Zusi looked poor Wednesday. There are not many other ways to put it.
His lacking first touch led to an unpressured hand ball on what otherwise might have been a promising switch to his side. During other possessions, he demonstrated again what should have been clear from last summer. Zusi doesn’t have the skills and agility to be effective in tight spaces.
He did show one promising aspect. Perhaps this was the result of coaching instructions before coming on the field for Jones.
Zusi looked completely dialed in during defense phases. Playing like a right-sided defensive midfielder, he kept himself behind the ball and, when facing opposing midfielders, kept his body in a ready side-on position.
Danny Williams: 2.5
If Zusi looked poor, it isn’t clear what adjective can effectively explain that Williams looked worse, at least in attack phase. The only positive is that none of his lost possessions led to goals this time around.
If there is an argument for a higher rating, it would be that no dangerous through balls occurred on his watch. Williams was the holding midfielder that Honduras chose not to challenge up the middle. It is debatable whether the Catrachos were avoiding him or just pursuing other plans of attack.
Maurice Edu: 4.0
The initial two substitutions brought on Kljestan and Edu. And with that, the U.S. controlled the field more easily and seemed poised to regain the lead.
However, Edu did not seem to contribute toward that. His biggest plus was taking Williams off.
Fabian Johnson: 4.0
Johnson made some plays, but also looked beatable at left-back. Also, Johnson was not a factor in many attacks up the left side.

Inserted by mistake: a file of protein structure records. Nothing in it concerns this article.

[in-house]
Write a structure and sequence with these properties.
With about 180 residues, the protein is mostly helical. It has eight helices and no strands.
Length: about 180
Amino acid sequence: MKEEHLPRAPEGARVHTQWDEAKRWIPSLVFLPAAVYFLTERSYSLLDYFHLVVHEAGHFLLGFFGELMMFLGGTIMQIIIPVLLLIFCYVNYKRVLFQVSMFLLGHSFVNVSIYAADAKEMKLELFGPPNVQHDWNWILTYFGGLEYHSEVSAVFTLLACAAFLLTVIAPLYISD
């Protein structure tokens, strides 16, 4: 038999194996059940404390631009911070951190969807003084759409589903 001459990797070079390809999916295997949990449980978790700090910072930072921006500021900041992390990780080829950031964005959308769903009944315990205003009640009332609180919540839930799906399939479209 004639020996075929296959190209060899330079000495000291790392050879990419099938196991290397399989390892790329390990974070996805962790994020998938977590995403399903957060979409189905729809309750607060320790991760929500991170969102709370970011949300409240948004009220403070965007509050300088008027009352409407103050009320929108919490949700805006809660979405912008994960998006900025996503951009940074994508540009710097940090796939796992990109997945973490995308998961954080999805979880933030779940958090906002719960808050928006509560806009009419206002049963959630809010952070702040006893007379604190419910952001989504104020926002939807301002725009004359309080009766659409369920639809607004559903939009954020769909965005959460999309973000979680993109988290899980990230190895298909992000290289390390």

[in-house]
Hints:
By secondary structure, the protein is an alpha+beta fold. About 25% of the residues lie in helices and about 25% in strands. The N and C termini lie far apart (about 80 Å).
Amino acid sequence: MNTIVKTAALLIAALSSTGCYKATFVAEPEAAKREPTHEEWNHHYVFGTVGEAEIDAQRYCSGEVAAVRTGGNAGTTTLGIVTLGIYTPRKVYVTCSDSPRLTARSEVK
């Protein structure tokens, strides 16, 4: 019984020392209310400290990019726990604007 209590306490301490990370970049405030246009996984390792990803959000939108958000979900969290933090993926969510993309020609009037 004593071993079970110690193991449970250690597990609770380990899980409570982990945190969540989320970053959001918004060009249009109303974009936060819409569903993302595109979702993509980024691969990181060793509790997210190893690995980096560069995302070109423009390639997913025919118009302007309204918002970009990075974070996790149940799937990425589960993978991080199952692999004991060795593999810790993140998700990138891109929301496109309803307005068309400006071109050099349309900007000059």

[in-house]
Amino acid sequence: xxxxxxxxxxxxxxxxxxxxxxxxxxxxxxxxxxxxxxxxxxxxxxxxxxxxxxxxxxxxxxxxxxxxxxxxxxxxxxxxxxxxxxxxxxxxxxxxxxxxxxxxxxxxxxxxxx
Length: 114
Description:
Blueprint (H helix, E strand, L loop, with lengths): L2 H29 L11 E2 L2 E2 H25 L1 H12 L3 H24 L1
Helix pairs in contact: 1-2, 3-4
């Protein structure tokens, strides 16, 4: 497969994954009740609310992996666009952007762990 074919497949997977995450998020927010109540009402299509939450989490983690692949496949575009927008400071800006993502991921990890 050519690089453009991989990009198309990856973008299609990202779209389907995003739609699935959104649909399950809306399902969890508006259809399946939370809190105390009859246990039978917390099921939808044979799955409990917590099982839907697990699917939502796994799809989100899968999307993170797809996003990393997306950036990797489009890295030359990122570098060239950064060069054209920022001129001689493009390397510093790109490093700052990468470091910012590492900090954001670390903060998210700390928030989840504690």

The only memorable push down the left side came in the waning minutes. When the team has no luck establishing effective wing play, aggressive attack runs by the outside backs are all the more important.
In just the short time Johnson has been a USMNT regular, fans have come to expect more.
Geoff Cameron: 4.5
Serviceable for most of the game, Cameron plays a position that is harshly judged after momentary breakdowns. In this case, he may be judged unfairly as well, because the biggest defensive breakdown of the day was more a keeper mistake than a center defender mistake.
But Cameron was in the middle of that play. It is one of his few moments that stood out.
Omar Gonzalez: 3.5
Fans wanted to see him and now may have buyer’s remorse. A lot of discussion will follow on Klinsmann’s decision to start Gonzalez over Bocanegra. One is experienced. One isn’t. One is in midseason form. One isn’t.
That said, Gonzalez looked like what he is, which is the new kid on the block. This was a transition that had to happen. Some will argue that Gonzalez should have been seasoned in Gold Cup play, but that argument conveniently ignores the center-back woes this team experienced against lesser opponents than Honduras.
In this game, he looked apprehensive and uncertain of himself.
At times, his physical abilities were on full display. His one vs. one and even one vs. two positioning is well-honed.
He is a possible scapegoat for Honduras' winning goal. There would be grains of truth there, but that would not be the full story. Still, Gonzalez should have tightly marked his attacker and didn’t.
Timmy Chandler: 4.0
The big defender news of the day is Chandler is now cap-tied to the USMNT. However, he is capable of better play than he showed Wednesday.
The right side (Honduras’ left) was vulnerable for much of the game. Chandler didn’t control his space and Honduran attackers beat him several times. Worse, he was frequently caught out of position, which left an inexperienced center-back hanging out to dry.
In attack phase he rarely was a factor. The point made above with Fabian Johnson not overlapping down the left applies to Chandler on the right.
Tim Howard: 4.0
The first goal allowed was Garcia’s monster bicycle kick. There is nothing Howard could have done to stop it except be lucky enough to stand in front of it.
The second goal was a keeper mistake. When a keeper comes out for the ball, he has to get the ball.
Defenders are trained to not continue chasing down a ball once the keeper breaks toward it. The reason is to avoid unexpected touches and to avoid unnecessary contact between the keeper and his defender. When the keeper breaks for a ball, he either gets there or gets blamed for whatever happens next.
Howard did have a nice stop and a strong earlier deflection over the crossbar.
His distribution was spotty. He still favors long balls out of the back, though it is not clear whether that is a general preference or the result of any lacking confidence in teammates.